In April 2005, the SEC introduced a Voluntary Filing Program, allowing companies to submit and publish their financial reports in an interactive format. So far, 137 companies have filed more than 592 interactive reports, which allow users to create on-the-fly pie comparison charts and bar graphs, to set up RSS feeds on companies’ pages to deliver updates instantly, and to allow easier data exportation and mapping. Early adopters include Microsoft Corp.; Adobe Systems, Inc.; and Johnson & Johnson.
The SEC offers detailed guidance and a U.S. XBRL standards website, and it has been actively encouraging adoption among America’s top public companies. In 2007, financial ministers from China—the first country to require XBRL reporting—and Japan said they had set “aggressive timetables” for interactive XBRL reporting.
Beginning in 2009, the SEC started rolling out its own XBRL compliance program. The 500 largest companies in the U.S. will start filing their quarterly reports on June 15 using XBRL. They’ll be joined by 1,800 of the next-largest companies in June 2010 and by all other publicly traded companies in June 2011. All credit rating agencies must also begin filing XBRL-compliant reports in August 2009.
“This is hopefully going to be a turning point,” says Mueller. “The connectedness of the data is going to change information.” She admits the first few filings might be rocky. “The first 500 will probably turn to their financial publishers and say, ‘You write it,’” says Mueller. “And they won’t gain any internal efficiency. But more and more people are taking advantage of this mandate to implement a more modern document management system into their financial documents,” such as JustSystems’ XBRL Report, a CMS solution that builds XBRL compliance around documents automatically.
Gianluca Garbellotto, president and CEO of XML-related consulting firm Iphix, LLC and chair for the XBRL Global Ledger Working Group, believes that the rollout of SEC mandates will increasingly impact his clients. “XML- and XBRL- based ‘digital filings’ enable us to change the underlying reporting processes, bringing efficiencies in terms of automation of previously manual steps, a widespread issue in even the most advanced IT reporting environments, and benefits in the reporting assembly and review process.”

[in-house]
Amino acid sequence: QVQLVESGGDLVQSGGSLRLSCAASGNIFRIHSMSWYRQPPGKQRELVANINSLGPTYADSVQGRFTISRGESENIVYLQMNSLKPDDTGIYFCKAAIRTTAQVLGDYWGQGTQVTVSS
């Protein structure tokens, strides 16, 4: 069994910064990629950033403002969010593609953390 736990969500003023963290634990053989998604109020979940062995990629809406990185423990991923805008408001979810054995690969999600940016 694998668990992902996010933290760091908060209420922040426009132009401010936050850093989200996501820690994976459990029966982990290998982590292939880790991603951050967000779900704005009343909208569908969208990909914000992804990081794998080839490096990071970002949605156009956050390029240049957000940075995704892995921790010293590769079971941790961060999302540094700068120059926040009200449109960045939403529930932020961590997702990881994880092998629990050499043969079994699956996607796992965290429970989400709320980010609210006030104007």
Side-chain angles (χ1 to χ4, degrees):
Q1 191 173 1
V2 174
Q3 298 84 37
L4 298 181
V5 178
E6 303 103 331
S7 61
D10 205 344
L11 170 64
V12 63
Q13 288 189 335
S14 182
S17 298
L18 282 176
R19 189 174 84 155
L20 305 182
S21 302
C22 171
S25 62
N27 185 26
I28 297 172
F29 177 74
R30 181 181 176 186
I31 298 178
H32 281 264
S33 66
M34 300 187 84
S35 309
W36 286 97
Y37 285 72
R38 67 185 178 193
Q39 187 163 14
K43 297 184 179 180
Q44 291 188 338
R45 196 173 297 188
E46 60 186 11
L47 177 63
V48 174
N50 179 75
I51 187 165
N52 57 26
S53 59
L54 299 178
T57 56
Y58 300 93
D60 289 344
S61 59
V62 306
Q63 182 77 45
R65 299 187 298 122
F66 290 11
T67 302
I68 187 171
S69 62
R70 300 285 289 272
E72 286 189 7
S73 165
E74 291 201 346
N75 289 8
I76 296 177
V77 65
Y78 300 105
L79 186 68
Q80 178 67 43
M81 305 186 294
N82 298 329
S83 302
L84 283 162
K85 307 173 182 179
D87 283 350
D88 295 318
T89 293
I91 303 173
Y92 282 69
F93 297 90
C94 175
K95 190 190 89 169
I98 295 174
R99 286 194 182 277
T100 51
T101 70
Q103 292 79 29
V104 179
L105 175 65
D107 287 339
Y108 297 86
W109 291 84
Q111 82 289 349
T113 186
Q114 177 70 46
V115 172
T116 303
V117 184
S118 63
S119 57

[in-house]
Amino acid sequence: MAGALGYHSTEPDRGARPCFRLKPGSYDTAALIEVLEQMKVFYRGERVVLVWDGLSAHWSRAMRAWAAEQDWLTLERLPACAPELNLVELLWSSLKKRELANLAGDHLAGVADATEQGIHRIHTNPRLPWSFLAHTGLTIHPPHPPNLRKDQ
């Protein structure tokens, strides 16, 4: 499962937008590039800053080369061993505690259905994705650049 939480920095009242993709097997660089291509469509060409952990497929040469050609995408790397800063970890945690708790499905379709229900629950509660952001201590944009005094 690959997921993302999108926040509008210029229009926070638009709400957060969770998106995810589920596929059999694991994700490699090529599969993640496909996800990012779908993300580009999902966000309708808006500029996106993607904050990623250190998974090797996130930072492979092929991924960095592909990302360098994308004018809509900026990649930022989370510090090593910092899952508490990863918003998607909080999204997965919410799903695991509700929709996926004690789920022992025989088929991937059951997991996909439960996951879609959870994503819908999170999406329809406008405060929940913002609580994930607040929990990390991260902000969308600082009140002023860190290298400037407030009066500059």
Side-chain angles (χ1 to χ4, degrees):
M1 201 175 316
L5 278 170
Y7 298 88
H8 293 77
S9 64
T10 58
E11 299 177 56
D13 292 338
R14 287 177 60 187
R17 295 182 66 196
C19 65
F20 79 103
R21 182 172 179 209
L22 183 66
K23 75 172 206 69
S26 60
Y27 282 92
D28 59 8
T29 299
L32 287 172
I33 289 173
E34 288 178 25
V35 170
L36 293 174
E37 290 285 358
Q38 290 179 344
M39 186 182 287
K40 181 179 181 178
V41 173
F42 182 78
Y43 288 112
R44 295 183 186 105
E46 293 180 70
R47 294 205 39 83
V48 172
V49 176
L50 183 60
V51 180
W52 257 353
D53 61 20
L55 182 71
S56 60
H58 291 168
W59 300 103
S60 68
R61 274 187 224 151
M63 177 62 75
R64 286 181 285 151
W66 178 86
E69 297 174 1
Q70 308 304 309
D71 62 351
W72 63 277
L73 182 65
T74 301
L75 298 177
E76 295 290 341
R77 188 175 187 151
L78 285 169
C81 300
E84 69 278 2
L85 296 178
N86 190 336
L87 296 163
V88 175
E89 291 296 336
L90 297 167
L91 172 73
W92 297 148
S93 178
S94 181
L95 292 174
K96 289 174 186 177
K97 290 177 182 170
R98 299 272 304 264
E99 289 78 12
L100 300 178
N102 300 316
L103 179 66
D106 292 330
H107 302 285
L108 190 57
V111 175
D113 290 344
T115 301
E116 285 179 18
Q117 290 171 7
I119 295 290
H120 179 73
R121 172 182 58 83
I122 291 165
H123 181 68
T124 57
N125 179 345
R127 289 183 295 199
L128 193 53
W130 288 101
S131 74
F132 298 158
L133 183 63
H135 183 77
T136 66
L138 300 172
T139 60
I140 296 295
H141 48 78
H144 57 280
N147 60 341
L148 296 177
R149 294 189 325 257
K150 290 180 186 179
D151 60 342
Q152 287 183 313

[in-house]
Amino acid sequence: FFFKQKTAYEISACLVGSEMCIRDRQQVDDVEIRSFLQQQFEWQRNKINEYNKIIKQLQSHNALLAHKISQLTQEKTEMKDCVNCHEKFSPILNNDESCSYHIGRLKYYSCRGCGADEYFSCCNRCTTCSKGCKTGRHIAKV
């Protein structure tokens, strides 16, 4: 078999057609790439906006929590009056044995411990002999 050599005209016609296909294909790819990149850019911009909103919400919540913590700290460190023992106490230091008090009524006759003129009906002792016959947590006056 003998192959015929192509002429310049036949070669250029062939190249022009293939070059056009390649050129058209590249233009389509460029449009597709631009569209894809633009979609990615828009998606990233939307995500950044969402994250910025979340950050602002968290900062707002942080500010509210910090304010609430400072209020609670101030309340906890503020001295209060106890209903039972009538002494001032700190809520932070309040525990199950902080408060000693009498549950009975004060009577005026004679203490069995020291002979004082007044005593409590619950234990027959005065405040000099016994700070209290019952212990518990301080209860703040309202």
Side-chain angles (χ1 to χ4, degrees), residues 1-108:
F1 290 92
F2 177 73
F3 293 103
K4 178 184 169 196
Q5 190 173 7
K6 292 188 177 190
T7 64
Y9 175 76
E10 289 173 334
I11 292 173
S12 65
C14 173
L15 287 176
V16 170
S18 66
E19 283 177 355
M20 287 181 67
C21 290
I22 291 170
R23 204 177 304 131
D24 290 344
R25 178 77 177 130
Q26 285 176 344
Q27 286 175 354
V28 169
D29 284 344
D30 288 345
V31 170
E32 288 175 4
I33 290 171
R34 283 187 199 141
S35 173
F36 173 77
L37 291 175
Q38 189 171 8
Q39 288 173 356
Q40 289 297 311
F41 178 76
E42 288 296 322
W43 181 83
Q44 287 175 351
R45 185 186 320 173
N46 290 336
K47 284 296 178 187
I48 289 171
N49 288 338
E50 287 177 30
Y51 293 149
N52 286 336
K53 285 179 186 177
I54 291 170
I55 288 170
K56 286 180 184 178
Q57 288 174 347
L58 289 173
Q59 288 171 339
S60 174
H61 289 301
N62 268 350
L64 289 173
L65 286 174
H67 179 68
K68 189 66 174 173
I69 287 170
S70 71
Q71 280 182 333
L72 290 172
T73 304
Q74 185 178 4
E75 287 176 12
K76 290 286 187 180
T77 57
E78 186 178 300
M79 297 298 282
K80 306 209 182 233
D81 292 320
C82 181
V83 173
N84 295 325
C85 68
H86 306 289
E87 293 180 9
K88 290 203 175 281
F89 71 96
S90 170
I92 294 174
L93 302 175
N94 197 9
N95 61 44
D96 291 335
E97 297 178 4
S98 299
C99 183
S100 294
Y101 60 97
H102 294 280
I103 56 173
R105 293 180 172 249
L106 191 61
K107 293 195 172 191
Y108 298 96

In bringing clients up-to-speed, Garbellotto uses Altova’s MissionKit suite, which combines tools that address the many basic compliance steps. For extracting data from source-accounting software and enterprise resource planning systems, he uses MapForce. The XMLSpy tool reviews, edits, and validates the results, and DiffDog runs versioning analysis on the data, while StyleVision renders it into a publishable format.
It seems daunting, but Garbellotto says that once the XML and XBRL structures are deeply embedded into the company’s CMS, employees can “extract and convert data at the level of granularity that is more appropriate for the specific compliance purposes being addressed.”
Raising the Bar for Legal Compliance
Legal compliance issues aren’t just for lawyers. Companies that frequently find themselves in court are finding out that their content repositories make meeting e-discovery deadlines frustrating. As companies merge and split up, critical documents can get lost in the shuffle.